Use this URL to cite or link to this record in EThOS: https://ethos.bl.uk/OrderDetails.do?uin=uk.bl.ethos.737722
Title: The securitization of female migrant domestic labour in Greece since the 1990s
Author: Iliadou, Theologia
ISNI:       0000 0004 7224 010X
Awarding Body: University of Warwick
Current Institution: University of Warwick
Date of Award: 2017
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Abstract:
Despite the historically undervalued and yet politically charged character of domestic labour its contemporary emergence as a female migrant occupation exposes the group of female migrant domestic workers to comparatively to the past more intense exploitation and abuse. Within security regimes, which act as the primary means of management for female migrants, the national and gender identities of female migrant domestic workers are constructed as a threat to the national politics of social reproduction. This research project examines the lived inequalities and vulnerabilities of female migrant domestic workers in Greece as outcomes of the politicization of migration as a threat to the national societal security. It does so by utilizing the Copenhagen School’s securitization theory as the basis for the development of this project’s analytical framework and conducting research at the three securitization stages: negotiation, acceptance and institutionalization. It argues that the identified as characteristics of the contemporary migration wave, racism and xenophobia, rise in crime and growth of the informal economy, that have defined the experiences of both nationals and aliens are outcomes of the conceptualization and development of migration policies as exclusionary measures. Utilizing Huysmans concept of desecuritization the research project concludes by claiming that the conscious reorientation of the ethical basis upon which migration policy is established in Greece will result in the alleviation of the burdens of migration for both nationals and migrants.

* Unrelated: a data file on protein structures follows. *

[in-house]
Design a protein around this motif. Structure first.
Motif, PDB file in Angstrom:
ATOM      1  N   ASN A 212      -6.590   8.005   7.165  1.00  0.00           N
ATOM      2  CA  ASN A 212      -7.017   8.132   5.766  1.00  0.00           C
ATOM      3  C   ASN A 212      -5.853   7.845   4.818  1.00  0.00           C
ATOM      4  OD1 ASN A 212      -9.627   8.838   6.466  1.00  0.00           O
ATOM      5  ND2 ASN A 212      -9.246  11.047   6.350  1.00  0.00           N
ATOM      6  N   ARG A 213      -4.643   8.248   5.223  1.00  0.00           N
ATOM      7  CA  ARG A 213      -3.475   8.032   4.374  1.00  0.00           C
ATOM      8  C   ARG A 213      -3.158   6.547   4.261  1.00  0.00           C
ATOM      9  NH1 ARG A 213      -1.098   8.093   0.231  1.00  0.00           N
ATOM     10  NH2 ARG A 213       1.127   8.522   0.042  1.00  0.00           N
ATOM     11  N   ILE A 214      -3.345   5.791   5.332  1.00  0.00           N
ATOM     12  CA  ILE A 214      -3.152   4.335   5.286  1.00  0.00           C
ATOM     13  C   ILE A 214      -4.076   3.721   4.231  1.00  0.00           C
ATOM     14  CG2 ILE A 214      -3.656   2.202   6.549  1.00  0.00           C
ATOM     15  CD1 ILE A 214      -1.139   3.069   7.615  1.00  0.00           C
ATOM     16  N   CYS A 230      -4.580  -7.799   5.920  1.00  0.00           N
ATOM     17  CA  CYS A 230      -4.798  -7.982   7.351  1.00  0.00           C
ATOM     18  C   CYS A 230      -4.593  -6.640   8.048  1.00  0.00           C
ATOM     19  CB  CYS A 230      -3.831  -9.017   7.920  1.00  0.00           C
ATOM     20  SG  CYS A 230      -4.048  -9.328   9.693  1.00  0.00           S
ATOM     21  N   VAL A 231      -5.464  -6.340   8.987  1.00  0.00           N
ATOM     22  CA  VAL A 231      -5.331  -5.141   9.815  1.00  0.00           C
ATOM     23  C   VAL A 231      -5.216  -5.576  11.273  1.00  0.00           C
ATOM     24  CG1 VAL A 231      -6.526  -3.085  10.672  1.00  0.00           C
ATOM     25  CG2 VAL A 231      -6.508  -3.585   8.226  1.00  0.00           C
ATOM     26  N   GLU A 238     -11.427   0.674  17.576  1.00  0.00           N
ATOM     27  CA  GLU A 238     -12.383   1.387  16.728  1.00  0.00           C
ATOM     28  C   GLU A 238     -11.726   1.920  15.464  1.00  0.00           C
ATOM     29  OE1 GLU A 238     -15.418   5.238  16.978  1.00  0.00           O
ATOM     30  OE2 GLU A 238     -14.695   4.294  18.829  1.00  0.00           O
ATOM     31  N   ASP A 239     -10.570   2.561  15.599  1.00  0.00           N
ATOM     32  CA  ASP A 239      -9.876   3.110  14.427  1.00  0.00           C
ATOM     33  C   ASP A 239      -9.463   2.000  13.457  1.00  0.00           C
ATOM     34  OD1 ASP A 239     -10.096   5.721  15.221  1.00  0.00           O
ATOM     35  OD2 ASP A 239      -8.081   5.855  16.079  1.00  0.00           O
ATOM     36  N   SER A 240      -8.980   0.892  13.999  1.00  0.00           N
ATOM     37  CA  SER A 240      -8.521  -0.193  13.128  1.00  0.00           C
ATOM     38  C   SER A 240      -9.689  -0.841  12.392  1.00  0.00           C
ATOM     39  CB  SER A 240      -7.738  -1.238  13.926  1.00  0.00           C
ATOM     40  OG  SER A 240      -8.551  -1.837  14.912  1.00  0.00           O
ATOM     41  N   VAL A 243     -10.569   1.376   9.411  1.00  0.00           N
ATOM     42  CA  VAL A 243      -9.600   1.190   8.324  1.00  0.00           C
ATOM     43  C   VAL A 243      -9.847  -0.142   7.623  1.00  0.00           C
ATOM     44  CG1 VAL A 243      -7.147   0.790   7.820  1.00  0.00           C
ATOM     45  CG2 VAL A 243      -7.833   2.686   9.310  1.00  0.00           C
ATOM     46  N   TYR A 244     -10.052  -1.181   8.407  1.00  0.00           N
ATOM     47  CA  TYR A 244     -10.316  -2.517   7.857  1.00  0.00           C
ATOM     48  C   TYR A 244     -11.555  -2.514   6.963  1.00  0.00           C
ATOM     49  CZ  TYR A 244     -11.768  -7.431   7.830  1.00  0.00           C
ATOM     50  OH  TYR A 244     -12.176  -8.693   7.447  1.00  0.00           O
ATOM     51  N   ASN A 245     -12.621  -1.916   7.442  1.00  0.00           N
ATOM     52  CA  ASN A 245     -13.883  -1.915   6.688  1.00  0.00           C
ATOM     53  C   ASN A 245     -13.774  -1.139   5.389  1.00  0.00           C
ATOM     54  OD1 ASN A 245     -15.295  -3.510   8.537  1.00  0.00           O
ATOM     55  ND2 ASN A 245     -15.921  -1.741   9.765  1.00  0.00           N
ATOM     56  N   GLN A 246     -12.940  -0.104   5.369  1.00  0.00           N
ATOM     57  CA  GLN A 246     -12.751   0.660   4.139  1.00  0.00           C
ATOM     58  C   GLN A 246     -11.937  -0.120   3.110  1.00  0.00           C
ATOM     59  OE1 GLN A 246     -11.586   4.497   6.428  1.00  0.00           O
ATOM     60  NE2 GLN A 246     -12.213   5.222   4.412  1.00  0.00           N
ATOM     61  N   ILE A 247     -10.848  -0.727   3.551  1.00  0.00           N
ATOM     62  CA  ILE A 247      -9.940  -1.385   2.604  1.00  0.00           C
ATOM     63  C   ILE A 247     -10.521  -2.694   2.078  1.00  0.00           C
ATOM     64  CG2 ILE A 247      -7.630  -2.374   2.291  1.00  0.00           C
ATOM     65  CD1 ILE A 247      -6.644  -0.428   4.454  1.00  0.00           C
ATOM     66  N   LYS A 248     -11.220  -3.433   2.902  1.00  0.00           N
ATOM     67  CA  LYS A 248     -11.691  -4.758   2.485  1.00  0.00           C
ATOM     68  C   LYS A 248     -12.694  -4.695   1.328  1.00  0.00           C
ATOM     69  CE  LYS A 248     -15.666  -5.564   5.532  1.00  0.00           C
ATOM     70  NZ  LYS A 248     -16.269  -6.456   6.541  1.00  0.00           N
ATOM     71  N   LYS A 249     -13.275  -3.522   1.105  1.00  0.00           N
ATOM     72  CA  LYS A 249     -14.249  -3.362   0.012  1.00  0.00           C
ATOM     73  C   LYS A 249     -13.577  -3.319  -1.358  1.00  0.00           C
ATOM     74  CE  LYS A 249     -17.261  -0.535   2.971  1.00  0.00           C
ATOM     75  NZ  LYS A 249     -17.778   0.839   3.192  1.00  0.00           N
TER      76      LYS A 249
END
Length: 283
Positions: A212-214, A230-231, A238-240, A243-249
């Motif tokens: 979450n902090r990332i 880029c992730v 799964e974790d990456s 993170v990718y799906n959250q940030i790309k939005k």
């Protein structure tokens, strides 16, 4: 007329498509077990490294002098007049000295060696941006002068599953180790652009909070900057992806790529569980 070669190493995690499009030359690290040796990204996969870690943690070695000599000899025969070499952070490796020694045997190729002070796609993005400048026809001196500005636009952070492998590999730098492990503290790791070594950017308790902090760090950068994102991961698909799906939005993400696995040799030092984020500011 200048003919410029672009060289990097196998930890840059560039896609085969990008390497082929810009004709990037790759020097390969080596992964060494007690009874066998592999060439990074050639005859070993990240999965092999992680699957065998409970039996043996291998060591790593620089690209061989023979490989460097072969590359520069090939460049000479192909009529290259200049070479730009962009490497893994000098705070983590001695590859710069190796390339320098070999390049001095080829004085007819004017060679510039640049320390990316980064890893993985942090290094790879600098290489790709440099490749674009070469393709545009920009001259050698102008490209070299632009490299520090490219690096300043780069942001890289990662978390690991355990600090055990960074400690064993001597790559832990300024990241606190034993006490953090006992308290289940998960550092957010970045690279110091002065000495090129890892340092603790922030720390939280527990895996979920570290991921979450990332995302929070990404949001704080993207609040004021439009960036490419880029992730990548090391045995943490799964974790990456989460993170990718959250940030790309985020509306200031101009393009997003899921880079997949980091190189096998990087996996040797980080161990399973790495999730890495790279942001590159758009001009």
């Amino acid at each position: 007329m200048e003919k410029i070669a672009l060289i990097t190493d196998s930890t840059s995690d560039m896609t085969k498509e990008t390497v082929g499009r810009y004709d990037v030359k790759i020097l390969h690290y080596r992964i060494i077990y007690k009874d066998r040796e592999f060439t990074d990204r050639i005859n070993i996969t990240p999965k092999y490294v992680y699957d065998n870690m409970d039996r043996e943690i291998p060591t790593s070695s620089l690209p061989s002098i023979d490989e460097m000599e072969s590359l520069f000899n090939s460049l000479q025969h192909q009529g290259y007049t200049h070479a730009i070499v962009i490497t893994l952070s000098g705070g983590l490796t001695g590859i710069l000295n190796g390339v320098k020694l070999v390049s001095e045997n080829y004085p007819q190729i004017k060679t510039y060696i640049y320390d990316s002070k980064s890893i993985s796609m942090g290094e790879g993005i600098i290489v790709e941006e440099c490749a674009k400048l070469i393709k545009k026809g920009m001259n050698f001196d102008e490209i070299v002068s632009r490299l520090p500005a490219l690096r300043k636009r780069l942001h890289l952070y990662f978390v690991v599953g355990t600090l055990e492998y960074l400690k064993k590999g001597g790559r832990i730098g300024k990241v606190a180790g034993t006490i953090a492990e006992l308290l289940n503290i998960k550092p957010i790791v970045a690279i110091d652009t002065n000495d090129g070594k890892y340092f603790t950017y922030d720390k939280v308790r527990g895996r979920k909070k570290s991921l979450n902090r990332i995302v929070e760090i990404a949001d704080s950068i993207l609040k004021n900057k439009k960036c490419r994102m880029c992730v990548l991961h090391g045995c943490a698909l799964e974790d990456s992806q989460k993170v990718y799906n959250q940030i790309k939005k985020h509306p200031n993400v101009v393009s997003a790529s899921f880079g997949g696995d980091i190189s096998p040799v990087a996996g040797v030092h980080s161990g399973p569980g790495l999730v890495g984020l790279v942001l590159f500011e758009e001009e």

Supervisor: Not available Sponsor: Not available
Qualification Name: Thesis (Ph.D.) Qualification Level: Doctoral
EThOS ID: uk.bl.ethos.737722  DOI: Not available
Keywords: HD Industries. Land use. Labor
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